Here’s the Problem With Trump’s Plan to Bring Offshore Cash Back to the US
Policy + Politics

Here’s the Problem With Trump’s Plan to Bring Offshore Cash Back to the US


To the surprise of many analysts, the stock market’s reaction to the election of Donald Trump has been overwhelmingly positive, with the Dow Jones Industrial Average and the S&P 500 surging to all-time highs. However, according to a new analysis from Capital Economics, one of President-elect Trump’s key promises to the business world involving the return of offshore cash to the U.S. isn’t likely to do much for the market or the economy if it is implemented.

Trump has vowed to seek changes to the tax code that would lower the tax rate on business income held overseas to 10 percent. The idea is to entice U.S. companies -- which currently have nearly $3 trillion in cash sitting offshore -- to bring the money back into the country, where it could be invested in job-creating business expansion.

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However, there are a couple of problems with the assumption that money that firms return to the U.S. would immediately be ploughed into new factories or other major projects.

The majority of the money held overseas is in accounts belonging to a relative small number of U.S.-based businesses, and if they brought it back onshore, they probably wouldn’t invest it.

“Retained foreign earnings are concentrated among a limited number of large firms that dominate the S&P 500, many of which also have huge reserves of cash at home and are able to borrow at very low rates of interest,” writes John Higgins, chief market economist at Capital Economics. “If they wanted to invest heavily in the US economy, they could do so already without needing to bring money back from abroad.”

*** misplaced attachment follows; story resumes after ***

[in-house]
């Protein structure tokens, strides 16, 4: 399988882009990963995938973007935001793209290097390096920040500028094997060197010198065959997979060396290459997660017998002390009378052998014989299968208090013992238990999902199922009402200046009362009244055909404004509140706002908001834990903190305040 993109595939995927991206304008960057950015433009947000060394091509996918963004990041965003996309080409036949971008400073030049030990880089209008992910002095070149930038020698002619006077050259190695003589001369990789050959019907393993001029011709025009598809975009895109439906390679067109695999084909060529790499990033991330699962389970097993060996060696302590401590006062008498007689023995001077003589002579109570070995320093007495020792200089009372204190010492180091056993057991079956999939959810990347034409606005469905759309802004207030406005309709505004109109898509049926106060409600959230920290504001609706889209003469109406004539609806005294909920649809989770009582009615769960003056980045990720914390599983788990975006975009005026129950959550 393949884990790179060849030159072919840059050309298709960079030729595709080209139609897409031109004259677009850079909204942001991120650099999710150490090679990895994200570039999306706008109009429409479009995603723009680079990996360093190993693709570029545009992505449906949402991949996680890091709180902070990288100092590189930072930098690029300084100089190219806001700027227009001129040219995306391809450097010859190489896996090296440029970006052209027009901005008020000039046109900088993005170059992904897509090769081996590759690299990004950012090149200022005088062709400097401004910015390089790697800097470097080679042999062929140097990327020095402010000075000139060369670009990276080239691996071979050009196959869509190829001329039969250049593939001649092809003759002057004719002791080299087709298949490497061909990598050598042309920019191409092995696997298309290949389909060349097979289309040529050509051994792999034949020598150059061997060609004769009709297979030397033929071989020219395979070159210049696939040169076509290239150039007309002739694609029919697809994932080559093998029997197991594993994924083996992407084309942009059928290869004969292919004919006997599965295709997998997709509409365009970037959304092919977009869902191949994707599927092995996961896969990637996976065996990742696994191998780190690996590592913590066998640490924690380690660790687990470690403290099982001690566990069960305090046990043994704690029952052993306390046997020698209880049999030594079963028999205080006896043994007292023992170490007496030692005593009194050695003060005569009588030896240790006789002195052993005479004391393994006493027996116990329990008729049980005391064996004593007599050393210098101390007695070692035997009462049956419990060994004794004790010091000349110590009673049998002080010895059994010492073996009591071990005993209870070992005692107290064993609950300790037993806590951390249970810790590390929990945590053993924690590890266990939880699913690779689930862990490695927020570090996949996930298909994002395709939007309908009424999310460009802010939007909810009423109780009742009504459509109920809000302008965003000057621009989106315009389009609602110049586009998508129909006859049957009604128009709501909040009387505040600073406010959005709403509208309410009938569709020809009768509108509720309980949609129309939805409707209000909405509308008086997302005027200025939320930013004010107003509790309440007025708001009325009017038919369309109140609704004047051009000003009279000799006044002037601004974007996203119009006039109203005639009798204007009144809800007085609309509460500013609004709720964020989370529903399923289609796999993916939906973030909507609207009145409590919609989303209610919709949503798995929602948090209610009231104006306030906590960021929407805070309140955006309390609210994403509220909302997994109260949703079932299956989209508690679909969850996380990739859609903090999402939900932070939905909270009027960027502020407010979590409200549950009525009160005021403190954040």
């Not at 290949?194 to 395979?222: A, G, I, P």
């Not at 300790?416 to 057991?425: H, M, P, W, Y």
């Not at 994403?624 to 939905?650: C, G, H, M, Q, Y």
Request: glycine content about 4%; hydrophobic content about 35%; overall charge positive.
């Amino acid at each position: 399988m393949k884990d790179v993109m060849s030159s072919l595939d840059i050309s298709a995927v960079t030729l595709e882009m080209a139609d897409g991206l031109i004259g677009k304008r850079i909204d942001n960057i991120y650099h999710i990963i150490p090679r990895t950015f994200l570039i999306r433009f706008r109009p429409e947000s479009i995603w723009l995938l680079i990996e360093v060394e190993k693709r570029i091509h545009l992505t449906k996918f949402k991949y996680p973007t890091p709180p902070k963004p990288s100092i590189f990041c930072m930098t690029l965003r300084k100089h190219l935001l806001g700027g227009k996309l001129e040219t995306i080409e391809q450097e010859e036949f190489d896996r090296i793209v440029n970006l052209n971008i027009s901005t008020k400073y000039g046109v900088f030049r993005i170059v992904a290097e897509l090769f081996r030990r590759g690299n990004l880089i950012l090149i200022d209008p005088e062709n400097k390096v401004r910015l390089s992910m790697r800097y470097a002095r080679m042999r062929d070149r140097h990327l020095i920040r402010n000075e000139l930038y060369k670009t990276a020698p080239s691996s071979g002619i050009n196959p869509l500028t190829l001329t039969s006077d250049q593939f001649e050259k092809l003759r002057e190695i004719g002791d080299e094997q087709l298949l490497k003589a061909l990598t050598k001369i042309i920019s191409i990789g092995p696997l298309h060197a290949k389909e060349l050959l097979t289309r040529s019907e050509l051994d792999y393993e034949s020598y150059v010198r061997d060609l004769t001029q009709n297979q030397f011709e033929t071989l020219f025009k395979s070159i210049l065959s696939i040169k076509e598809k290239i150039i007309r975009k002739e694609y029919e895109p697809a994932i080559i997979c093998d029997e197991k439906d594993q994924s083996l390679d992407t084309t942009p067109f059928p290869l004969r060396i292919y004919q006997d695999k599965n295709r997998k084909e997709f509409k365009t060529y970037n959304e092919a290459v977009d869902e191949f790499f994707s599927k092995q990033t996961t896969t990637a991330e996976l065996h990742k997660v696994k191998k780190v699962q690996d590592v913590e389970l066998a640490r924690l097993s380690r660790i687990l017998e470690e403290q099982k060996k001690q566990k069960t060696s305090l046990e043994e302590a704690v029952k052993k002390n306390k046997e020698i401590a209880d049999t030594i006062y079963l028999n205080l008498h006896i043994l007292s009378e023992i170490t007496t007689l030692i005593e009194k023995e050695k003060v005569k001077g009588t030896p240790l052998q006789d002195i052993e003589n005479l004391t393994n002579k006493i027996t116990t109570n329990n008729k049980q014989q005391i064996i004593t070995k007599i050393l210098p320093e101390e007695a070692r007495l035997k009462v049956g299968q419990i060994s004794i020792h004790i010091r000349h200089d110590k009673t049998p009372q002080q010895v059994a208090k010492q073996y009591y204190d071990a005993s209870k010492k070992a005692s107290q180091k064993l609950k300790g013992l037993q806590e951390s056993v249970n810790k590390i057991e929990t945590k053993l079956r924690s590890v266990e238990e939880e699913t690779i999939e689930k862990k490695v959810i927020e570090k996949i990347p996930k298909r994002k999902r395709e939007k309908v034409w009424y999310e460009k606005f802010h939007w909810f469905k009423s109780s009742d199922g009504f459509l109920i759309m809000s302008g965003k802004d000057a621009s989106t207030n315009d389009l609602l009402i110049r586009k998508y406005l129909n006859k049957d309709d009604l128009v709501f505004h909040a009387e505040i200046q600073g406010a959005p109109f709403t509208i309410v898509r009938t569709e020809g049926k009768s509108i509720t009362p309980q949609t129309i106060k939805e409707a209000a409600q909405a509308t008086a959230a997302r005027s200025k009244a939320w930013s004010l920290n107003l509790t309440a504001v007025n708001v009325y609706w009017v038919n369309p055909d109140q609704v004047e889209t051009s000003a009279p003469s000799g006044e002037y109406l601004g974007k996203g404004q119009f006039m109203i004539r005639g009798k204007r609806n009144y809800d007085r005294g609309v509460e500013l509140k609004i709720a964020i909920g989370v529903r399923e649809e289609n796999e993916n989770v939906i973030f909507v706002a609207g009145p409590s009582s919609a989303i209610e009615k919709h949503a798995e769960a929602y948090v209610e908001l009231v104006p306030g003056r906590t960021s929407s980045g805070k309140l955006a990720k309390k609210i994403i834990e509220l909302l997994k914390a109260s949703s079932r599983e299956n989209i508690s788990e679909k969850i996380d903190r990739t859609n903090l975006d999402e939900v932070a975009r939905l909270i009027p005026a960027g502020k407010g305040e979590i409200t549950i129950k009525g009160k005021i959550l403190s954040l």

What they would likely do instead, Higgins argues, is return money to their investors.

“Repatriated funds are ... more likely to be returned to shareholders – as appeared to be the case during the 2004 repatriation tax holiday – via, for example, share buy-backs,” Higgins writes. “Indeed, the multinationals with the largest amounts of retained earnings overseas are typically those that have been most actively buying back their shares over the last decade.”

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Of course, Trump’s economic proposals cover much more ground than just repatriation taxes.

There’s widespread agreement among economists that if Trump’s economic proposals are implemented as he’s presented them, the result will be a temporary boost in economic growth. That would be followed, in all likelihood, by a much longer period of reduced growth as deficits pile up, government borrowing crowds out other investment, and debt service rises as a share of the federal budget.

Higgins’ colleague, Paul Ashworth, announced Tuesday that he was formally raising the growth target for the U.S. economy to 2.7 percent next year, up from 2.0 percent.

“Our new forecasts are based on the assumption that Trump and the Republican-controlled Congress agree on a fiscal package worth around $4 trillion over the next decade, equivalent to 2.4% of GDP per year,” Ashworth wrote. “Most of that stimulus will come in the form of tax cuts for high income earners and lower corporate tax rates. We suspect that any infrastructure spending boost will turn out to be much smaller than the $500 billion to $1 trillion estimates currently being thrown around. Furthermore, the impact of that spending probably wouldn’t feed through until 2018 and beyond.”

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However, as with most predictions that involve actions Trump is expected to take, there are no guarantees whatsoever.

“We cannot stress enough ... that the uncertainty surrounding these forecasts remains unusually elevated,” he wrote.